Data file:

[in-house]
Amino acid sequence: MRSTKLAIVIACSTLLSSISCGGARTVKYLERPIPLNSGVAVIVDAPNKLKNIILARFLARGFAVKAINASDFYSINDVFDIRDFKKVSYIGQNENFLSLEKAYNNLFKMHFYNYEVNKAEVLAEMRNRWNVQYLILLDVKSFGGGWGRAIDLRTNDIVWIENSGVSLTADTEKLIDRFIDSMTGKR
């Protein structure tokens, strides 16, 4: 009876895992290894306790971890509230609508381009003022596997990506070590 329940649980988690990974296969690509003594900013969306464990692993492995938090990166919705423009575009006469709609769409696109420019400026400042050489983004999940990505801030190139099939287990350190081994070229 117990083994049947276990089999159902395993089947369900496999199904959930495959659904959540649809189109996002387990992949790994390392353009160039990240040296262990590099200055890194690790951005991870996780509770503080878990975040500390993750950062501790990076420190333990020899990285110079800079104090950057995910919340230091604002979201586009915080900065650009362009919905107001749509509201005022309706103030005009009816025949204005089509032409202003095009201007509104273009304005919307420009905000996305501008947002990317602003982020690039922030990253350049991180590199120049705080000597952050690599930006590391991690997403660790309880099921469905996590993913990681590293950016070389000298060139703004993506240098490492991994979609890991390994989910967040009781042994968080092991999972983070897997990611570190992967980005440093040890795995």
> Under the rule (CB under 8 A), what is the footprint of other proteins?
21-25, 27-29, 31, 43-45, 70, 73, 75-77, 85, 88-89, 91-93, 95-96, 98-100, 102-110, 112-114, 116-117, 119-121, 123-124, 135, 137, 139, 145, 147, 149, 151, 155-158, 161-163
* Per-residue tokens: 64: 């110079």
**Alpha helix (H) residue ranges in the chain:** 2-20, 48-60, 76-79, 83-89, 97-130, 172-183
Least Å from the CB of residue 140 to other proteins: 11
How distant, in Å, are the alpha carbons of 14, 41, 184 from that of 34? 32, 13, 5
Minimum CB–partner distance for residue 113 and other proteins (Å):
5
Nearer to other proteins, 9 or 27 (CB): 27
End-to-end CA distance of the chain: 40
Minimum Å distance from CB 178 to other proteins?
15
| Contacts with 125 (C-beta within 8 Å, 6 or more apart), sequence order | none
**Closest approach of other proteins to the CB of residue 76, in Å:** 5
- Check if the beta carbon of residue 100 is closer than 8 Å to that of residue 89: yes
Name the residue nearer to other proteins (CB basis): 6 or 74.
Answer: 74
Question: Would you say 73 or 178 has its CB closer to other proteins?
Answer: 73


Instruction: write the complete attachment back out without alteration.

[in-house]
Amino acid sequence: MRSTKLAIVIACSTLLSSISCGGARTVKYLERPIPLNSGVAVIVDAPNKLKNIILARFLARGFAVKAINASDFYSINDVFDIRDFKKVSYIGQNENFLSLEKAYNNLFKMHFYNYEVNKAEVLAEMRNRWNVQYLILLDVKSFGGGWGRAIDLRTNDIVWIENSGVSLTADTEKLIDRFIDSMTGKR
């Protein structure tokens, strides 16, 4: 009876895992290894306790971890509230609508381009003022596997990506070590 329940649980988690990974296969690509003594900013969306464990692993492995938090990166919705423009575009006469709609769409696109420019400026400042050489983004999940990505801030190139099939287990350190081994070229 117990083994049947276990089999159902395993089947369900496999199904959930495959659904959540649809189109996002387990992949790994390392353009160039990240040296262990590099200055890194690790951005991870996780509770503080878990975040500390993750950062501790990076420190333990020899990285110079800079104090950057995910919340230091604002979201586009915080900065650009362009919905107001749509509201005022309706103030005009009816025949204005089509032409202003095009201007509104273009304005919307420009905000996305501008947002990317602003982020690039922030990253350049991180590199120049705080000597952050690599930006590391991690997403660790309880099921469905996590993913990681590293950016070389000298060139703004993506240098490492991994979609890991390994989910967040009781042994968080092991999972983070897997990611570190992967980005440093040890795995």
> Under the rule (CB under 8 A), what is the footprint of other proteins?
21-25, 27-29, 31, 43-45, 70, 73, 75-77, 85, 88-89, 91-93, 95-96, 98-100, 102-110, 112-114, 116-117, 119-121, 123-124, 135, 137, 139, 145, 147, 149, 151, 155-158, 161-163
* Per-residue tokens: 64: 């110079």
**Alpha helix (H) residue ranges in the chain:** 2-20, 48-60, 76-79, 83-89, 97-130, 172-183
Least Å from the CB of residue 140 to other proteins: 11
How distant, in Å, are the alpha carbons of 14, 41, 184 from that of 34? 32, 13, 5
Minimum CB–partner distance for residue 113 and other proteins (Å):
5
Nearer to other proteins, 9 or 27 (CB): 27
End-to-end CA distance of the chain: 40
Minimum Å distance from CB 178 to other proteins?
15
| Contacts with 125 (C-beta within 8 Å, 6 or more apart), sequence order | none
**Closest approach of other proteins to the CB of residue 76, in Å:** 5
- Check if the beta carbon of residue 100 is closer than 8 Å to that of residue 89: yes
Name the residue nearer to other proteins (CB basis): 6 or 74.
Answer: 74
Question: Would you say 73 or 178 has its CB closer to other proteins?
Answer: 73